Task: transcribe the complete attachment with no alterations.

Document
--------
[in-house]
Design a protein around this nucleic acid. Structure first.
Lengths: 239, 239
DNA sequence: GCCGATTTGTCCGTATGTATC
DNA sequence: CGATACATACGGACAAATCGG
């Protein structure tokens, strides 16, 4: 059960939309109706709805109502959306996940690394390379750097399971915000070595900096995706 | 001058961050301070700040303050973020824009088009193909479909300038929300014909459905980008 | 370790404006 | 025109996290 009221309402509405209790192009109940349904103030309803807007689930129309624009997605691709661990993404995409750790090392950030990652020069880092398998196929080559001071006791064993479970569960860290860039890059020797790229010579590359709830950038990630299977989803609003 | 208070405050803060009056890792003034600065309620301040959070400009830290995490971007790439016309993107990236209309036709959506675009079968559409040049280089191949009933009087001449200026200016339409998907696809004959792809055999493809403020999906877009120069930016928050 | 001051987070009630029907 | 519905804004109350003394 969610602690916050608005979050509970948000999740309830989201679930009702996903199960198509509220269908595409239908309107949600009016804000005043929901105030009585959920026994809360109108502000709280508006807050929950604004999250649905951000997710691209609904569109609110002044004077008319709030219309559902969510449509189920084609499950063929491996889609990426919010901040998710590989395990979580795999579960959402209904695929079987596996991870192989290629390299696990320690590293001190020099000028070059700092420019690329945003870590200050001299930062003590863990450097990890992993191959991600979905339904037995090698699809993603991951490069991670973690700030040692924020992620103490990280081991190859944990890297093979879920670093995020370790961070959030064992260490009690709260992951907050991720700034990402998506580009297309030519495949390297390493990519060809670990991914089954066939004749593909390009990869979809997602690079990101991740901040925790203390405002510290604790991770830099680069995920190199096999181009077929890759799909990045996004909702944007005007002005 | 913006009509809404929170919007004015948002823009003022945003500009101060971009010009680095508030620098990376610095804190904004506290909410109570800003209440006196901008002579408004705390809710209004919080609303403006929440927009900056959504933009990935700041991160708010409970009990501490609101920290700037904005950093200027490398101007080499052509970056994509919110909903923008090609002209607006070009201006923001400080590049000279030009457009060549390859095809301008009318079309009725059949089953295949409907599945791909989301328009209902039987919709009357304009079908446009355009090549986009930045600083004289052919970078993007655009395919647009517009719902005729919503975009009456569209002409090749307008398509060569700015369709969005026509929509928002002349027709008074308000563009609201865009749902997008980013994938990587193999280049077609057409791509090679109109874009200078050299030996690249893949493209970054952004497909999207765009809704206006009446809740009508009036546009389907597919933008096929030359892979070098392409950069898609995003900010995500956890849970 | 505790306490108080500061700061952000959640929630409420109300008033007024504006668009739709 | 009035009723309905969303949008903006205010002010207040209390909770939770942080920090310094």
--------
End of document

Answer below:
[in-house]
Design a protein around this nucleic acid. Structure first.
Lengths: 239, 239
DNA sequence: GCCGATTTGTCCGTATGTATC
DNA sequence: CGATACATACGGACAAATCGG
């Protein structure tokens, strides 16, 4: 059960939309109706709805109502959306996940690394390379750097399971915000070595900096995706 | 001058961050301070700040303050973020824009088009193909479909300038929300014909459905980008 | 370790404006 | 025109996290 009221309402509405209790192009109940349904103030309803807007689930129309624009997605691709661990993404995409750790090392950030990652020069880092398998196929080559001071006791064993479970569960860290860039890059020797790229010579590359709830950038990630299977989803609003 | 208070405050803060009056890792003034600065309620301040959070400009830290995490971007790439016309993107990236209309036709959506675009079968559409040049280089191949009933009087001449200026200016339409998907696809004959792809055999493809403020999906877009120069930016928050 | 001051987070009630029907 | 519905804004109350003394 969610602690916050608005979050509970948000999740309830989201679930009702996903199960198509509220269908595409239908309107949600009016804000005043929901105030009585959920026994809360109108502000709280508006807050929950604004999250649905951000997710691209609904569109609110002044004077008319709030219309559902969510449509189920084609499950063929491996889609990426919010901040998710590989395990979580795999579960959402209904695929079987596996991870192989290629390299696990320690590293001190020099000028070059700092420019690329945003870590200050001299930062003590863990450097990890992993191959991600979905339904037995090698699809993603991951490069991670973690700030040692924020992620103490990280081991190859944990890297093979879920670093995020370790961070959030064992260490009690709260992951907050991720700034990402998506580009297309030519495949390297390493990519060809670990991914089954066939004749593909390009990869979809997602690079990101991740901040925790203390405002510290604790991770830099680069995920190199096999181009077929890759799909990045996004909702944007005007002005 | 913006009509809404929170919007004015948002823009003022945003500009101060971009010009680095508030620098990376610095804190904004506290909410109570800003209440006196901008002579408004705390809710209004919080609303403006929440927009900056959504933009990935700041991160708010409970009990501490609101920290700037904005950093200027490398101007080499052509970056994509919110909903923008090609002209607006070009201006923001400080590049000279030009457009060549390859095809301008009318079309009725059949089953295949409907599945791909989301328009209902039987919709009357304009079908446009355009090549986009930045600083004289052919970078993007655009395919647009517009719902005729919503975009009456569209002409090749307008398509060569700015369709969005026509929509928002002349027709008074308000563009609201865009749902997008980013994938990587193999280049077609057409791509090679109109874009200078050299030996690249893949493209970054952004497909999207765009809704206006009446809740009508009036546009389907597919933008096929030359892979070098392409950069898609995003900010995500956890849970 | 505790306490108080500061700061952000959640929630409420109300008033007024504006668009739709 | 009035009723309905969303949008903006205010002010207040209390909770939770942080920090310094």